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    Chris Squire was one of the greats. Saw them with Jon Davison when they played through Close to the Edge, The Yes Album, and Going For the One all in one night. When they played "Awaken," I think it was, Squire came out with a triple-neck bass. Not double. Triple.

    RIP, man. Keep on rocking.
     
  9. Cave Troll
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    Cave Troll Bite the bullet, do your own thing. Contributor

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    I enjoy Dream Theater. They are a Prog-Metal band. Constant Motion, and Forsaken are a couple of my faves (though they are a bit of their older songs). Check them out. I still listen to them even though they swapped out drummers.
     
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  10. ChaosReigns
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    ChaosReigns Be Still and Know Contributor

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    it seems to be that a few of us are DT fans, @Annihilation mentioned Octavarium, :) are you looking forward to listening to their new album?
     
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  11. matwoolf
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    Prog daddies:

     
  12. R.P. Kraul
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    R.P. Kraul Member

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    Any prog fans who haven't heard The Mars Volta should check them out. Frances the Mute is absolutely one of the best prog records I've heard. But it's not accessible music. It's quite the opposite.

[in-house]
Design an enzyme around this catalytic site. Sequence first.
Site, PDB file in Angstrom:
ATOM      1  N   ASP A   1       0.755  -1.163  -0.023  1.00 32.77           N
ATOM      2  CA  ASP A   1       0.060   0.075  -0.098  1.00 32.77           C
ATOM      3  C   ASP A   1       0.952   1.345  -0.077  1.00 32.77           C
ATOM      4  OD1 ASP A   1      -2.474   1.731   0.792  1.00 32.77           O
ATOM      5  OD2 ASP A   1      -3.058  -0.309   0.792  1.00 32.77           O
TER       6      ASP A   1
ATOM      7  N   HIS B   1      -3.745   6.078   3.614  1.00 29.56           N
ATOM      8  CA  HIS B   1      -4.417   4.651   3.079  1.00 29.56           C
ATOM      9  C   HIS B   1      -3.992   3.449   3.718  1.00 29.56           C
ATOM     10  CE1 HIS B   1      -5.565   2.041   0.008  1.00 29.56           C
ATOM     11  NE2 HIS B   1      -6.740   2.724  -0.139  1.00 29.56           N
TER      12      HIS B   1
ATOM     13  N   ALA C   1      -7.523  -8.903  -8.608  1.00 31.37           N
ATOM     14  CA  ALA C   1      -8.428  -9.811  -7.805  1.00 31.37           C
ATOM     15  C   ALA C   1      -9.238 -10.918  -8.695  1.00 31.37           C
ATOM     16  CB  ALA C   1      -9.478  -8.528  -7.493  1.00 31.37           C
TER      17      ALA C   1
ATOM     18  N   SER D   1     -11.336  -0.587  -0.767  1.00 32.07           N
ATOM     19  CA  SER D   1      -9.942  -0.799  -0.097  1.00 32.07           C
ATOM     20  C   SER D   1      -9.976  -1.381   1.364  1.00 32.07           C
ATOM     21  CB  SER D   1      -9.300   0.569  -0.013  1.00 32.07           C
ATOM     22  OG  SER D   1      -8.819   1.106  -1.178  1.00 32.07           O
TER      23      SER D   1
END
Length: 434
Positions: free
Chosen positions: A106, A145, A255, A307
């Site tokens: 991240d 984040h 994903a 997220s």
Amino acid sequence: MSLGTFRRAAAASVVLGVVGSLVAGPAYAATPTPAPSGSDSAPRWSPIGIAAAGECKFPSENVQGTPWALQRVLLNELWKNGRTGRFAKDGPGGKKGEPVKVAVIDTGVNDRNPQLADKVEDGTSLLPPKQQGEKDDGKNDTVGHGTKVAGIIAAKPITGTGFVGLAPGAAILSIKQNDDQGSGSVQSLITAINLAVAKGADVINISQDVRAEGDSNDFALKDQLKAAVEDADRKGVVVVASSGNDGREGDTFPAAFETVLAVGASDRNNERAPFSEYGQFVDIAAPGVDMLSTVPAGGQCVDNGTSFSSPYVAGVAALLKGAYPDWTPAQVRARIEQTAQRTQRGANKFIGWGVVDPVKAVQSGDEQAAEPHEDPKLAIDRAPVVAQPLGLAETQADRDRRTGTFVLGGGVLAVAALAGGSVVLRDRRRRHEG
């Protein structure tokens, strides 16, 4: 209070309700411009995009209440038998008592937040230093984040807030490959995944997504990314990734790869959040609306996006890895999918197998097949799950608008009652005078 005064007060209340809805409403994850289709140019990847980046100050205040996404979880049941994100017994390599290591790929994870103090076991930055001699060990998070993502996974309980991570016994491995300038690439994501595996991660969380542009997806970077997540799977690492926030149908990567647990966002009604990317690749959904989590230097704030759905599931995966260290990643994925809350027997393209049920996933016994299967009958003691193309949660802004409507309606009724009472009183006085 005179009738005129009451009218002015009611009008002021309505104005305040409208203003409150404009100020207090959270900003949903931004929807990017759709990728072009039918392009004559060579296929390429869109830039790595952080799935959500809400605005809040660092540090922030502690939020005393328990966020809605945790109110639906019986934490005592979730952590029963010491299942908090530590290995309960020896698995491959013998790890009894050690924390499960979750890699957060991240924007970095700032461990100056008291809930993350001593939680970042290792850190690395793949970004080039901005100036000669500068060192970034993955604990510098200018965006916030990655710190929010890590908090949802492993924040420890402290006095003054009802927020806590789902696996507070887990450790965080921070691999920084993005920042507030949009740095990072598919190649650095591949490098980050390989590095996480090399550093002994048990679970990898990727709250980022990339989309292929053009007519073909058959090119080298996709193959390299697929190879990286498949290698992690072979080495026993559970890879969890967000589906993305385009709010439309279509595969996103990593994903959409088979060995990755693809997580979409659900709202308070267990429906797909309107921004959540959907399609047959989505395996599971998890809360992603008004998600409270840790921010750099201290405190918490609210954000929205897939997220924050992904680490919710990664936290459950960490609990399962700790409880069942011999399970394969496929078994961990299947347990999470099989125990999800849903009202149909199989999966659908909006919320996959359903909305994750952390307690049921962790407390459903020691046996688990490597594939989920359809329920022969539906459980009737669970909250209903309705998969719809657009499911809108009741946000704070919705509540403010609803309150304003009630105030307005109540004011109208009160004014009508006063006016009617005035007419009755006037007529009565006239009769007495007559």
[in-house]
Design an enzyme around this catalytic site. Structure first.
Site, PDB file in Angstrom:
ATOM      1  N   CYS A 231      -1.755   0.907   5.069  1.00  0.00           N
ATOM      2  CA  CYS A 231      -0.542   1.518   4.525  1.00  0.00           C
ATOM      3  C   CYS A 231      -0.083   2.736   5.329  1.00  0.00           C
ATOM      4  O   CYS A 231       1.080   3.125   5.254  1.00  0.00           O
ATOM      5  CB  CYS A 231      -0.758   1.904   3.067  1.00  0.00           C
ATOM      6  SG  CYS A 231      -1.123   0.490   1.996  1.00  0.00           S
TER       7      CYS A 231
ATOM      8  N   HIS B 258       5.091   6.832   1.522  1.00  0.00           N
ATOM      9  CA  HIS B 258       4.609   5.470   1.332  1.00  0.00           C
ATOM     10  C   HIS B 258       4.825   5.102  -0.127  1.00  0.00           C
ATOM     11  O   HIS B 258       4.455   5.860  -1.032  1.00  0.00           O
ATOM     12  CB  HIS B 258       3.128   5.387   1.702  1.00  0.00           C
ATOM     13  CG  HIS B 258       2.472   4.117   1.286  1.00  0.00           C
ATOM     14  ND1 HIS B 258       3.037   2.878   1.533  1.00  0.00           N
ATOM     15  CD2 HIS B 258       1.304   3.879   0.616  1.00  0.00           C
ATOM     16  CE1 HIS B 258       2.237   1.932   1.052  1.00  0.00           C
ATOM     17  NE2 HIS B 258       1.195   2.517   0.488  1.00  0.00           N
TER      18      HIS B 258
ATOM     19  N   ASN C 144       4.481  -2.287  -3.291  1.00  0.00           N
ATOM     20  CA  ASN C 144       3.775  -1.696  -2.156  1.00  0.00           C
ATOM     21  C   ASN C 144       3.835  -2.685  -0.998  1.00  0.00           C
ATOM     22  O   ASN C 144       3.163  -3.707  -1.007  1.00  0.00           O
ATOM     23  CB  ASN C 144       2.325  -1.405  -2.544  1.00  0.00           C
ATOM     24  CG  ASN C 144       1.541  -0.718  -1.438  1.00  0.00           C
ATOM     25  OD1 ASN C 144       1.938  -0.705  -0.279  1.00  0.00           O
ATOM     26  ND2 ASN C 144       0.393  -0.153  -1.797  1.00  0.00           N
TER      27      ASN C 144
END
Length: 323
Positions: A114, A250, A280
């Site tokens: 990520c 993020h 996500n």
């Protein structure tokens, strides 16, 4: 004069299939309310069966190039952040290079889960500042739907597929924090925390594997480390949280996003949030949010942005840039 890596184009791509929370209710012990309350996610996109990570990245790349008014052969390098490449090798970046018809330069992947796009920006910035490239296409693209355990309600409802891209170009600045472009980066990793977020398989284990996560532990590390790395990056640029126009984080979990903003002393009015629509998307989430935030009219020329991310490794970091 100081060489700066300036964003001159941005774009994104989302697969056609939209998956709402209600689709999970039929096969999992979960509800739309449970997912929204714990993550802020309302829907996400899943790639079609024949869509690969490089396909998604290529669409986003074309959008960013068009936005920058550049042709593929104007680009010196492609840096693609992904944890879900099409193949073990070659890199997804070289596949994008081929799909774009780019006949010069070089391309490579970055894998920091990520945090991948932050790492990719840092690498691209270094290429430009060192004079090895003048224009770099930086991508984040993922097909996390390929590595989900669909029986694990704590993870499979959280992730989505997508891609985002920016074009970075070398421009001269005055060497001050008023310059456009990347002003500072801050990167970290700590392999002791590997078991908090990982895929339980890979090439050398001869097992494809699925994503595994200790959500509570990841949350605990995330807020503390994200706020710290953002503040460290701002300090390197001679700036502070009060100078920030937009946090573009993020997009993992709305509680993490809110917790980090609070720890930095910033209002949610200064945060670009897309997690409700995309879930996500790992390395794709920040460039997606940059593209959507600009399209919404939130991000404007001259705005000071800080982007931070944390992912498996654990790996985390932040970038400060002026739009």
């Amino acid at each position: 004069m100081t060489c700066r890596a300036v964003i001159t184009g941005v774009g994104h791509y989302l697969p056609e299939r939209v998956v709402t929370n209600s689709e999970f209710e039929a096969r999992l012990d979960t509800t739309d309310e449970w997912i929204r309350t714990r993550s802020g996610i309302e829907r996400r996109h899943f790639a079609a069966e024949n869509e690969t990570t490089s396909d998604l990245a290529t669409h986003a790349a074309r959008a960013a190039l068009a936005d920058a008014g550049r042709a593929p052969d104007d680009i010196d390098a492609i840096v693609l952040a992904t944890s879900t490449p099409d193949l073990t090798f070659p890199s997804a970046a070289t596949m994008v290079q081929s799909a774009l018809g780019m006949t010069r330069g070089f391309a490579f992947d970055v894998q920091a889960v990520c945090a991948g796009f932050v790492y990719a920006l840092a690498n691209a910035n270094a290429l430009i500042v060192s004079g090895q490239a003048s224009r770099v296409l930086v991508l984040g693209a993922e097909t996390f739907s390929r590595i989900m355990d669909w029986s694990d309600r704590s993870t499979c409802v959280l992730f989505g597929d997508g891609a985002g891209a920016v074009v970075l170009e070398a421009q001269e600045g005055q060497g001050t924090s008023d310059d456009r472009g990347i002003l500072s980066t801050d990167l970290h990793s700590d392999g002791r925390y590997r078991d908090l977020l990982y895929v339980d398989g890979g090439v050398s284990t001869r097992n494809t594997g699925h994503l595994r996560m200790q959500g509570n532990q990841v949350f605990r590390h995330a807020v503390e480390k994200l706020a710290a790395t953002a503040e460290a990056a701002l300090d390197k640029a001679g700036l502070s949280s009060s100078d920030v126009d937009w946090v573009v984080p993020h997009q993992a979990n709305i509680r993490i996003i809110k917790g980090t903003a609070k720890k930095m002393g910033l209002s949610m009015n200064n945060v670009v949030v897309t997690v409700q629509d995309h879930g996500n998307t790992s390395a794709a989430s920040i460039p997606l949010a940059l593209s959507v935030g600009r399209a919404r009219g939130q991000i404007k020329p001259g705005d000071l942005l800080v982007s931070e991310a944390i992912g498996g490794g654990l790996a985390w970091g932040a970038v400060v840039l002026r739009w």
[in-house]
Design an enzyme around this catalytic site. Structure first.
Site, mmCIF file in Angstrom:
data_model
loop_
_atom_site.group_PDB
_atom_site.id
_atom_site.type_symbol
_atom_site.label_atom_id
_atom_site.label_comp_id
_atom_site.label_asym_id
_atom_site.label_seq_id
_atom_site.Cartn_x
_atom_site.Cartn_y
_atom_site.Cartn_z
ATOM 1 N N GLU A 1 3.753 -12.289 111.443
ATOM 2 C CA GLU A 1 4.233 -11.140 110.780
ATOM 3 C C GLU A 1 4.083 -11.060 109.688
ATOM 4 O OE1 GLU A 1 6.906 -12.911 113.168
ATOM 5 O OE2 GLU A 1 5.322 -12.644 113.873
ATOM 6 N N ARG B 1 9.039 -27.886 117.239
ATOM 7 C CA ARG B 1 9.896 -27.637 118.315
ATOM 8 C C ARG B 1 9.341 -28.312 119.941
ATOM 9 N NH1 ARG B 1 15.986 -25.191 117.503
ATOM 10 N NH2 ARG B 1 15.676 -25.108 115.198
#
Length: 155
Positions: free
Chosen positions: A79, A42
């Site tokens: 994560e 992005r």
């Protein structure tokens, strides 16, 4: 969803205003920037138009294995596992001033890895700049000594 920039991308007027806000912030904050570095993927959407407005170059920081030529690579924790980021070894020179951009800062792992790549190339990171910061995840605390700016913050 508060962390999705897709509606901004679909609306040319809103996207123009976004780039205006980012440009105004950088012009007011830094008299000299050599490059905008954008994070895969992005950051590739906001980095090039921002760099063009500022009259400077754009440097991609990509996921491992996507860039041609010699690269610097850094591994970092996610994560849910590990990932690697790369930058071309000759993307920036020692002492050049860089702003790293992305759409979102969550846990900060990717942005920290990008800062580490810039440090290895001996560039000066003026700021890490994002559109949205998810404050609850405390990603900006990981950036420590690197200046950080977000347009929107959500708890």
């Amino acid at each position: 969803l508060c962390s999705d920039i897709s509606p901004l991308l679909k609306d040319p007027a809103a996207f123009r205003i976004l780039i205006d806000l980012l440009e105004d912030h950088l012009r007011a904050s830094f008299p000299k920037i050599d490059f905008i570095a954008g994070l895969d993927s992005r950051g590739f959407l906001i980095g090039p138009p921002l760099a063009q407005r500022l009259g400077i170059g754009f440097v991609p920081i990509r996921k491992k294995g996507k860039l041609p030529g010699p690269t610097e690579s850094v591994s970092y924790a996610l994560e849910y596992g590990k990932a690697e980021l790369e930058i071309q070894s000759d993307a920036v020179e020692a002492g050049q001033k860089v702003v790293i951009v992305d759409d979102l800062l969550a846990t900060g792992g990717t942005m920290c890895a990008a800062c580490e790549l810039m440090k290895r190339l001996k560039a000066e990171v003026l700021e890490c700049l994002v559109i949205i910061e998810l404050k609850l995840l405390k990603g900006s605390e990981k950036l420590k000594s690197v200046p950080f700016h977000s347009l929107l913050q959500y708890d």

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  13. NigeTheHat
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    NigeTheHat Contributing Member Contributor

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    Managed to read that as 'saw them with Joy Division'. That would have been a bizarre gig.
     
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  14. xanadu
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    xanadu Contributing Member Contributor

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    Definitely an interesting band, though not one that ever really clicked with me. The first album was okay, Frances the Mute had a few cool moments, but beyond that I'm pretty much out. I did like one or two on Octahedron, though.

    Indeed. Also saw them twice with Benoit David, both headline acts, with Peter Frampton and Styx as the respective openers. Both times the openers were way better than expected, and probably better than Yes. Never got to see them with Jon Anderson. And, at this point, I highly doubt they'd tour without Chris Squire, so I'd guess the days of seeing them at all are over.
     
  15. Annihilation
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    Annihilation Active Member

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    Oh yes, the astonishing looks amazing. When you think about it, DT are writers themselves! They even made characters, setting and stories for the album. I'm very excited to hear it.
     
  16. Annihilation